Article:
Thursday, November 12, 2009

Veterans Day, Observed

On Memorial Day this year I wrote about my incredibly moving experience at the Vietnam War Memorial. I like to think that I appreciate America's Veterans and support the troops every day of my life, but this year I have made a conscious decision to spend my day off on Memorial Day and Veterans Day paying my respects and using my day off to observe the holiday as it was intended. Which, as it turns out, has nothing to do with barbeque.

On Tuesday I mentioned to a coworker that my plan was to visit Arlington National Cemetery on Veterans Day. I didn't necessarily want to go for the wreath-laying ceremony, but I wanted to pay my respects at the final resting place of so many of America's heroes. She was interested in coming with me so we coordinated and met at the Cemetery in the afternoon.

Neither of us have a personal relationship with anyone who has been buried at Arlington. I have only been there once before and for my previous trip I had the honor of going with someone in the Navy who was visiting members of his team who were killed in Iraq. This time I had no one in particular to visit, and the aforementioned Sailor is currently back on another deployment in Iraq. So many friends and loved ones were in my thoughts and in my heart on this day already, I fully expected my trip to Arlington to be an emotional experience. I had no idea that the most moving moment on this day would come from my coworker.

She was especially interested to visit the Cemetery for the first time. She has only been a U.S. Citizen for about a year, but came to the U.S. from Romania twenty years ago. She is an amazing person and she appreciates her U.S. citizenship more than anyone I have ever known. I suppose living under Communist rule will have that effect on a person.

We arrived to Arlington in the afternoon and decided to venture out on our own rather than join a tour. I was concerned that she would want to leave quickly because of the rain, but the weather may as well have been 75 degrees and sunny with how enthusiastic she was to walk the hallowed grounds of the Cemetery. We walked to the Tomb of the Unknown Soldier and she took a photograph and wiped the tears from her face. After that we set off walking, nowhere in particular, just walking past the numerous grave stones and paying our respects as best we could. The rain came down, the temperature became colder, and through it all, we walked. As the winds came and tried to claim our umbrellas, we held on tight and walked along quietly. Acutely aware that our battle with the elements was no sacrifice at all compared to the experiences of men and women in uniform, their families, and the men and women whose names surrounded us. Walking silently with no one aware of our presence but the fallen heroes long gone, we swelled with respect and awe for the losses our country has suffered.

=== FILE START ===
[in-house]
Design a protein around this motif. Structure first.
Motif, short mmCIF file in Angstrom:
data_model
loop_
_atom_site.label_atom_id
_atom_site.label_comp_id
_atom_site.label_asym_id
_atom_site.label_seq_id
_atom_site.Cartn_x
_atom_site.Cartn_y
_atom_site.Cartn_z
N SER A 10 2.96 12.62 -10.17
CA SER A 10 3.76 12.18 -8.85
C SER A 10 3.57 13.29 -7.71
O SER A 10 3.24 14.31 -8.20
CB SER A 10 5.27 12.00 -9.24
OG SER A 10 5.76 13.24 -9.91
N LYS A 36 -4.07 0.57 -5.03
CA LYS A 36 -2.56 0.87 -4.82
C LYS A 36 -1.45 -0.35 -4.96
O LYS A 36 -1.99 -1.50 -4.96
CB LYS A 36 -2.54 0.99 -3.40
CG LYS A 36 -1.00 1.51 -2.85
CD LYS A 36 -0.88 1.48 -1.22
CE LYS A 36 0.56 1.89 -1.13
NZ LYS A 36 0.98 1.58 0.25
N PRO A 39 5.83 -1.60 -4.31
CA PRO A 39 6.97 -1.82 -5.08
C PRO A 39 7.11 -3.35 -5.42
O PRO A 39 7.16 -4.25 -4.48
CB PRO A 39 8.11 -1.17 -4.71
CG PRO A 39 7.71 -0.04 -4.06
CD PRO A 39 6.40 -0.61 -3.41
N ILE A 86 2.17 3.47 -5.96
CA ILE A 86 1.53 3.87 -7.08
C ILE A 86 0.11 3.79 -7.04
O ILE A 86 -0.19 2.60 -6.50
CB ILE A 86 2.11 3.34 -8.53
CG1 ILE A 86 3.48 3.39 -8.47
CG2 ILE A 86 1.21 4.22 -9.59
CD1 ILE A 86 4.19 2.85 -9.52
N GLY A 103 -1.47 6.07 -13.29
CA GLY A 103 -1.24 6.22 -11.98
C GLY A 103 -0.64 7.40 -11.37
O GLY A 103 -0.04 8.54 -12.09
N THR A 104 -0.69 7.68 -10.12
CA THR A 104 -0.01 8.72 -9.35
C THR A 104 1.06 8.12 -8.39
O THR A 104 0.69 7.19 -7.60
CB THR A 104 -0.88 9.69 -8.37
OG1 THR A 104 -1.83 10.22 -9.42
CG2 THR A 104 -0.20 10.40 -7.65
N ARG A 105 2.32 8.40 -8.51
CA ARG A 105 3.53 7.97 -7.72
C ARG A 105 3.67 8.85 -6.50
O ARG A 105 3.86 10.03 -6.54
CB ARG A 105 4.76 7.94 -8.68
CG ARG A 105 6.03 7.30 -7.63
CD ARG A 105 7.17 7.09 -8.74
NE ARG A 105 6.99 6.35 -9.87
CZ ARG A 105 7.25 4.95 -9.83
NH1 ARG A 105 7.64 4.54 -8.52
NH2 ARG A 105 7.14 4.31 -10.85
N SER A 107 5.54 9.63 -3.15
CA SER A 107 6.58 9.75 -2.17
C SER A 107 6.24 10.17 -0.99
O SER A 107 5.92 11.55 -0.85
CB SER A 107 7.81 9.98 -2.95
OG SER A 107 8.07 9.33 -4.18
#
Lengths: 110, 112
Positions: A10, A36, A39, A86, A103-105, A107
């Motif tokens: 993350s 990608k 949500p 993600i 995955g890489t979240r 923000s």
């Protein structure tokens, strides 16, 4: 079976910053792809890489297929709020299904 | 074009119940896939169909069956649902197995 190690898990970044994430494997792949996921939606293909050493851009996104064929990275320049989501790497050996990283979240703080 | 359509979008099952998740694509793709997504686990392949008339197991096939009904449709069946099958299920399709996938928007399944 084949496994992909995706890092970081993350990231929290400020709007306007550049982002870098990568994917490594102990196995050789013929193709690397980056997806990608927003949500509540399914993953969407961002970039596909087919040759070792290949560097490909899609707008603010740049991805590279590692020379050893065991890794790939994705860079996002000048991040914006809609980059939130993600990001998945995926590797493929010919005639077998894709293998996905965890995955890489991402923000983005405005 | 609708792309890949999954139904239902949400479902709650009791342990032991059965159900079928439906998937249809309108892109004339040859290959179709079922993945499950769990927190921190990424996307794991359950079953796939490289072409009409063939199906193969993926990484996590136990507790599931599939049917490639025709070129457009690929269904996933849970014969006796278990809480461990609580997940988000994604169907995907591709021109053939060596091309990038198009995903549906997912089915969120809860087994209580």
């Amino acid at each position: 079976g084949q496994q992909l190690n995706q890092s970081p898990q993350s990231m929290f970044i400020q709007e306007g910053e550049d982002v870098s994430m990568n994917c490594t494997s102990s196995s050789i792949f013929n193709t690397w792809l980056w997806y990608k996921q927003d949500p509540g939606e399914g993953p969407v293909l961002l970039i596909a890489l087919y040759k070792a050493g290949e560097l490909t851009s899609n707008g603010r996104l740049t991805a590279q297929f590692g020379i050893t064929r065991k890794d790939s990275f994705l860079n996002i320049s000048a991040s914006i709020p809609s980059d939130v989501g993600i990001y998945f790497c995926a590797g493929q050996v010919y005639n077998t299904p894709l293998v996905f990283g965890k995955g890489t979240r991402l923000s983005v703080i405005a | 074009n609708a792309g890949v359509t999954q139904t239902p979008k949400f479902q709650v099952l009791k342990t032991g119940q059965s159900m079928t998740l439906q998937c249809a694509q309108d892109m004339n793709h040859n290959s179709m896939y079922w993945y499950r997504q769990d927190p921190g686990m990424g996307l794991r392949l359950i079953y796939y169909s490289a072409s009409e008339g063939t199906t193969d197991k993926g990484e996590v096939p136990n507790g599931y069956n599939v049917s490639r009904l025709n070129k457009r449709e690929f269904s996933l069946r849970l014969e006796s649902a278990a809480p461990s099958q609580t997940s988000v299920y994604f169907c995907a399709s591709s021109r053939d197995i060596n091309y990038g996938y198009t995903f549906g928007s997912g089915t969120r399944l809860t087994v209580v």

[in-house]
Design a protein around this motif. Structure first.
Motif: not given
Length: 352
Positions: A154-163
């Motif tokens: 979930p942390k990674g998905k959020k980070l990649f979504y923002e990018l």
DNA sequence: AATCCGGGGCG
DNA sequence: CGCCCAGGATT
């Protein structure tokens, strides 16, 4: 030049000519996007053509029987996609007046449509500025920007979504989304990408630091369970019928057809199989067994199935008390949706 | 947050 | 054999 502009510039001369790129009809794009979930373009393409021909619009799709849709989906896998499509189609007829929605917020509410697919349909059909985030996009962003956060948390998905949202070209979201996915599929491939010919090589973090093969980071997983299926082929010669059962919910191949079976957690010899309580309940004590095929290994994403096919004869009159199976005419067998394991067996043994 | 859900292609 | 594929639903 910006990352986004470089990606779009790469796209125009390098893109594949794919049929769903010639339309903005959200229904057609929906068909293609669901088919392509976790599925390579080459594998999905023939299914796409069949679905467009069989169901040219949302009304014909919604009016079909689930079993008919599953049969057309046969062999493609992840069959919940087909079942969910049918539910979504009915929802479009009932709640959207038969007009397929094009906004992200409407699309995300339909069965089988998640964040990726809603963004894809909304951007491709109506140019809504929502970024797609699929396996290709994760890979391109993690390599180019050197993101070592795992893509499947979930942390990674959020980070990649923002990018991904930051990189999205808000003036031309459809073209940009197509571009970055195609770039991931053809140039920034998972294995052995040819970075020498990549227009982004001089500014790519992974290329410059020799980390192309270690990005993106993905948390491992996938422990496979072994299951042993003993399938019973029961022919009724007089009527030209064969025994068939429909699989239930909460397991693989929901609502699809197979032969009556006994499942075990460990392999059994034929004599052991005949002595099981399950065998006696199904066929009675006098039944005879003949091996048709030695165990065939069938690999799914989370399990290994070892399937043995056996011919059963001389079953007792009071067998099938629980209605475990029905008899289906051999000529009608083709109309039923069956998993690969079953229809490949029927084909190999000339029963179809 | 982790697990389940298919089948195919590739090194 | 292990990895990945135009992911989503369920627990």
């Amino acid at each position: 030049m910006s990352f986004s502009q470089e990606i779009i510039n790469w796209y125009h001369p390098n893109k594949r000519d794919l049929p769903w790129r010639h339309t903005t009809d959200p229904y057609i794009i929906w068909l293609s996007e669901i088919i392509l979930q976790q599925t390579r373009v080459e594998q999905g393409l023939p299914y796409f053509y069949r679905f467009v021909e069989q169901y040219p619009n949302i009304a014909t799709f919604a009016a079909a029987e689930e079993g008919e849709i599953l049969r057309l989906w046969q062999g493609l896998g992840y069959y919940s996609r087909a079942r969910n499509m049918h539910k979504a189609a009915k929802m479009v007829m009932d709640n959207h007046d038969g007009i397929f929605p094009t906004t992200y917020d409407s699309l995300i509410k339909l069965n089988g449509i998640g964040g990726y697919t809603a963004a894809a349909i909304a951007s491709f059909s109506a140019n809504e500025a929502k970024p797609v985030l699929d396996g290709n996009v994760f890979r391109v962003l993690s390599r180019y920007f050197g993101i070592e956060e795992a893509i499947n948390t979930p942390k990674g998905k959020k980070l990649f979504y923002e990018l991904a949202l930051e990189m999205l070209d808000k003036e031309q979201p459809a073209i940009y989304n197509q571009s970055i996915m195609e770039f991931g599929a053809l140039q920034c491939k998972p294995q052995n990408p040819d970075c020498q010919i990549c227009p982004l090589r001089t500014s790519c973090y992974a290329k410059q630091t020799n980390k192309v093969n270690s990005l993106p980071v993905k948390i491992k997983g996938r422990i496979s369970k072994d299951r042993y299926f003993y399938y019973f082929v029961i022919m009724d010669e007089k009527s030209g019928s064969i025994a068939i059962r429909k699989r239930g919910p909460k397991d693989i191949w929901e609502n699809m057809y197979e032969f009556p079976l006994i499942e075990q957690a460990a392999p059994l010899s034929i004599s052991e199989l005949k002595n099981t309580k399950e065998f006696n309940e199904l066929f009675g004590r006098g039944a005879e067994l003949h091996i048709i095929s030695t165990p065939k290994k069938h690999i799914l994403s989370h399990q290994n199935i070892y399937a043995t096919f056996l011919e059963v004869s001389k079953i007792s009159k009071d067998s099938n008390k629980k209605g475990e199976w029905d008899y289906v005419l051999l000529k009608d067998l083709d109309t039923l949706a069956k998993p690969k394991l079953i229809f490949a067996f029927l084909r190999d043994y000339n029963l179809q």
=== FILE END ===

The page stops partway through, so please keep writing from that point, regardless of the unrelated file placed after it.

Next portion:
As we walked along and commented on names, graves and inscriptions, Cristina carried a small American flag and looked for somewhere to direct her symbol of respect and appreciation. As I continued to walk and wrestle the wind for control of my umbrella, she fell behind a bit, and when I turned to look back, she was paused before a grave stone along the path. She knelt down on the wet earth, put her hand on the stone so tenderly, as if she were caressing a member of her own family. She drove the flag into the earth and said, "Thank you, Major Young - for fighting for me." She stood up, dusted herself off, and leaned over and kissed the top of the gravestone before turning to continue down the path.

It was the most beautiful gesture I have ever seen. One woman with no personal ties, sharing an intimate moment at the final resting place of someone who will forever remain anonymous. To everyone who has served or is currently serving in the U.S. Armed Forces - never doubt the effect your sacrifices have made. It has become a catchphrase in popular culture for everyone to "support the troops" but today I saw with my own eyes how deeply this support is felt by someone who still has emotional scars from living with communism and fascism in her own life. Someone who truly appreciates her freedom and her citizenship in ways that I will never understand, but am so privileged that she has shared part of her story, and her Veterans Day, with me.

1 comment:

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